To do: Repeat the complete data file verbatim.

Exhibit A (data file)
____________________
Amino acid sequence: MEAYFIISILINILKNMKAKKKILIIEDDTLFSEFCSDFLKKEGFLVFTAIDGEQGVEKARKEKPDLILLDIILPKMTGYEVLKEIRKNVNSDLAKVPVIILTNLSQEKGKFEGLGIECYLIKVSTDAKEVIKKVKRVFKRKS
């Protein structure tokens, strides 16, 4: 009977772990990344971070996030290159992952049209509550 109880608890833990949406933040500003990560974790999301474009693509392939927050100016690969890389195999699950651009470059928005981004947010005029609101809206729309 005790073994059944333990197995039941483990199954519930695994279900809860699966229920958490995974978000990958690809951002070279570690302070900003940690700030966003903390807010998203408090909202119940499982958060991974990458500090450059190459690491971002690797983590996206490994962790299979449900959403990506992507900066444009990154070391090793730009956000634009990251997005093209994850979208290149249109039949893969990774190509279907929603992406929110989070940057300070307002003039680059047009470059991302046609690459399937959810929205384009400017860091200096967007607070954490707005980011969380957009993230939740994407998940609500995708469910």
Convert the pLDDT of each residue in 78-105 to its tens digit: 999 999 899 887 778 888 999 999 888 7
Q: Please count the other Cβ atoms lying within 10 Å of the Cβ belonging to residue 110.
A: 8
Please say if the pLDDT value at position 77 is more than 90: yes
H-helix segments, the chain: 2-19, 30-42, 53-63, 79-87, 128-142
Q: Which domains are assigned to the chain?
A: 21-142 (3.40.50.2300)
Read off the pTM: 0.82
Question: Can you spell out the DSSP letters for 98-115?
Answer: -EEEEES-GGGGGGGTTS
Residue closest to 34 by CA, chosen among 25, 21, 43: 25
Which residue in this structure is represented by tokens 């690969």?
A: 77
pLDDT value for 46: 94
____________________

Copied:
Amino acid sequence: MEAYFIISILINILKNMKAKKKILIIEDDTLFSEFCSDFLKKEGFLVFTAIDGEQGVEKARKEKPDLILLDIILPKMTGYEVLKEIRKNVNSDLAKVPVIILTNLSQEKGKFEGLGIECYLIKVSTDAKEVIKKVKRVFKRKS
């Protein structure tokens, strides 16, 4: 009977772990990344971070996030290159992952049209509550 109880608890833990949406933040500003990560974790999301474009693509392939927050100016690969890389195999699950651009470059928005981004947010005029609101809206729309 005790073994059944333990197995039941483990199954519930695994279900809860699966229920958490995974978000990958690809951002070279570690302070900003940690700030966003903390807010998203408090909202119940499982958060991974990458500090450059190459690491971002690797983590996206490994962790299979449900959403990506992507900066444009990154070391090793730009956000634009990251997005093209994850979208290149249109039949893969990774190509279907929603992406929110989070940057300070307002003039680059047009470059991302046609690459399937959810929205384009400017860091200096967007607070954490707005980011969380957009993230939740994407998940609500995708469910």
Convert the pLDDT of each residue in 78-105 to its tens digit: 999 999 899 887 778 888 999 999 888 7
Q: Please count the other Cβ atoms lying within 10 Å of the Cβ belonging to residue 110.
A: 8
Please say if the pLDDT value at position 77 is more than 90: yes
H-helix segments, the chain: 2-19, 30-42, 53-63, 79-87, 128-142
Q: Which domains are assigned to the chain?
A: 21-142 (3.40.50.2300)
Read off the pTM: 0.82
Question: Can you spell out the DSSP letters for 98-115?
Answer: -EEEEES-GGGGGGGTTS
Residue closest to 34 by CA, chosen among 25, 21, 43: 25
Which residue in this structure is represented by tokens 């690969």?
A: 77
pLDDT value for 46: 94